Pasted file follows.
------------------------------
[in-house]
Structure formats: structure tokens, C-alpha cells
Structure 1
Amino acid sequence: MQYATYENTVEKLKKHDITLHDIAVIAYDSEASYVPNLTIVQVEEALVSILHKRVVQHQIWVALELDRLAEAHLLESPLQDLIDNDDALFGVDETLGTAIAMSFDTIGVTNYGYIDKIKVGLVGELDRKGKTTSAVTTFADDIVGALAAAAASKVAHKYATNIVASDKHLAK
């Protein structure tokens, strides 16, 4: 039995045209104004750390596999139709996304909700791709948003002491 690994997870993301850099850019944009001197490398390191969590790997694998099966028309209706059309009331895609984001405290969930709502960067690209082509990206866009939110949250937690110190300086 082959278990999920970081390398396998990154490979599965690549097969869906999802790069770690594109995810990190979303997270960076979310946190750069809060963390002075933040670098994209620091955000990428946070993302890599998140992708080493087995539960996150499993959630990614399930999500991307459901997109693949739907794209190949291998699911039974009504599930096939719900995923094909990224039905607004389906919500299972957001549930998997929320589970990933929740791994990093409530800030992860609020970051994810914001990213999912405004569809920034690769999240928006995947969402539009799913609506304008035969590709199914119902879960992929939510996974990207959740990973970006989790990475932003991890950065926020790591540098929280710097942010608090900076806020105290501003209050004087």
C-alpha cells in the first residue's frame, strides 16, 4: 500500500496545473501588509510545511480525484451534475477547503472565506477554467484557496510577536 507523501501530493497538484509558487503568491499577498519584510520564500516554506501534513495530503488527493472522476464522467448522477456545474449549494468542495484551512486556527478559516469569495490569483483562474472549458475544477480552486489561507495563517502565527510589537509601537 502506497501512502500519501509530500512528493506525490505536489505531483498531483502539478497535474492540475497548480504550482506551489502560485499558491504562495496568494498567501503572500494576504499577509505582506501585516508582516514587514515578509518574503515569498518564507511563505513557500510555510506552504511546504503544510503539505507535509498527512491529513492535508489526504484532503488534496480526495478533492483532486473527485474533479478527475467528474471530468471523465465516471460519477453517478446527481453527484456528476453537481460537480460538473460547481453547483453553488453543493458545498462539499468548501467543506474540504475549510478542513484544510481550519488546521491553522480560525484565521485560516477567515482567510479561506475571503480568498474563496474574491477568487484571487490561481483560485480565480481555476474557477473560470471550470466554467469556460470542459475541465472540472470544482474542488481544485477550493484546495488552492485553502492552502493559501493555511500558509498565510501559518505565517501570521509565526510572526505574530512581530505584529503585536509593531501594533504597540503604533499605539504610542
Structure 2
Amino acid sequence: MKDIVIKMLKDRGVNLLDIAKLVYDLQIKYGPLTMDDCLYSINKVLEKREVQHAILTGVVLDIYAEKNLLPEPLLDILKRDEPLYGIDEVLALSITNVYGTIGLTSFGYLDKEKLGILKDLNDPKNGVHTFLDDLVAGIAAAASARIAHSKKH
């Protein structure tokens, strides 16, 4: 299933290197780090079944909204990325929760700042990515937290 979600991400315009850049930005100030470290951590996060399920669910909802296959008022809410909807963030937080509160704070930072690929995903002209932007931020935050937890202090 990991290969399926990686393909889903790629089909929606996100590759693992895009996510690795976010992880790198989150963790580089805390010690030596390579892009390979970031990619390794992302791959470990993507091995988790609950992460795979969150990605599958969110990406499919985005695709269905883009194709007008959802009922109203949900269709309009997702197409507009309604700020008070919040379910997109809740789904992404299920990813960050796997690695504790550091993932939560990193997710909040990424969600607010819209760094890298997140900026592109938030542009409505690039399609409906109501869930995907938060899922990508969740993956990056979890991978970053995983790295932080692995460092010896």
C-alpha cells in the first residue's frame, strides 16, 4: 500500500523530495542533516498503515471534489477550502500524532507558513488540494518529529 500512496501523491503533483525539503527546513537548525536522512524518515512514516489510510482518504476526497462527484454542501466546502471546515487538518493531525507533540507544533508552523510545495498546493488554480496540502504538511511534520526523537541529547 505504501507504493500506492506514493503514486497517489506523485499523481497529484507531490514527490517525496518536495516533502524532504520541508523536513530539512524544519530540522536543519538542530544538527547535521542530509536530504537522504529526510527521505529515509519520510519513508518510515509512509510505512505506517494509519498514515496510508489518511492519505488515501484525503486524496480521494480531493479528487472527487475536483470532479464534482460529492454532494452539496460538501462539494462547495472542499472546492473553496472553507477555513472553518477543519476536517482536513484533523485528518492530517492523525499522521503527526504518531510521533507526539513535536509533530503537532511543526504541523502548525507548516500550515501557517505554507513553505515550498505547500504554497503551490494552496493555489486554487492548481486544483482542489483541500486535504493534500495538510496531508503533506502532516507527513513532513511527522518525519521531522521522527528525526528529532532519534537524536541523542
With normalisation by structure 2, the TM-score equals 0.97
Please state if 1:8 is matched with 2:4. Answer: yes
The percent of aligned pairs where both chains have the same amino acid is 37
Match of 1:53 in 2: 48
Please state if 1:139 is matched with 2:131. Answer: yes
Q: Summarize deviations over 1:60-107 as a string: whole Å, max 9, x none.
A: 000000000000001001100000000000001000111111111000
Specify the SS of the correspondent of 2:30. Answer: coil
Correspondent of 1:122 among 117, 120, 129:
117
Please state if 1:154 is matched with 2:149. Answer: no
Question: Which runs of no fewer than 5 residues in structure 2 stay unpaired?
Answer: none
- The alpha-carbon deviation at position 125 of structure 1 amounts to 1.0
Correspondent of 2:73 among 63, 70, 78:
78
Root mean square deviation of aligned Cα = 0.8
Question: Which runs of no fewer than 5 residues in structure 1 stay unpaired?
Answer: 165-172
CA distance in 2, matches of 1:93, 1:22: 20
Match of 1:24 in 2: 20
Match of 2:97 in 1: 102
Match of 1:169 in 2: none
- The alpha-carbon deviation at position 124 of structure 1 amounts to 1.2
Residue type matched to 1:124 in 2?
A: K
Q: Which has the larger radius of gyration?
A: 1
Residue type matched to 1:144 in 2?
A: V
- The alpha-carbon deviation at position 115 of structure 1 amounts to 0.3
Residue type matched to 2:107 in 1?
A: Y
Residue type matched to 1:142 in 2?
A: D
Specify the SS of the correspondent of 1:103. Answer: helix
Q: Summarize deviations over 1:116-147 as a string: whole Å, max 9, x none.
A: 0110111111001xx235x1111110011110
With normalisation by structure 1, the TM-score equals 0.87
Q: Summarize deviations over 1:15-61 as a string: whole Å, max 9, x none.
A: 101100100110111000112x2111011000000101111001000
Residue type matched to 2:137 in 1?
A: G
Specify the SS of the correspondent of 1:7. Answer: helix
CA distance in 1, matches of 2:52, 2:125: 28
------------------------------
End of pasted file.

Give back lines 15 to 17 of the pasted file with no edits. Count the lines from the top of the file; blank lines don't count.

Please state if 1:139 is matched with 2:131. Answer: yes
Q: Summarize deviations over 1:60-107 as a string: whole Å, max 9, x none.
A: 000000000000001001100000000000001000111111111000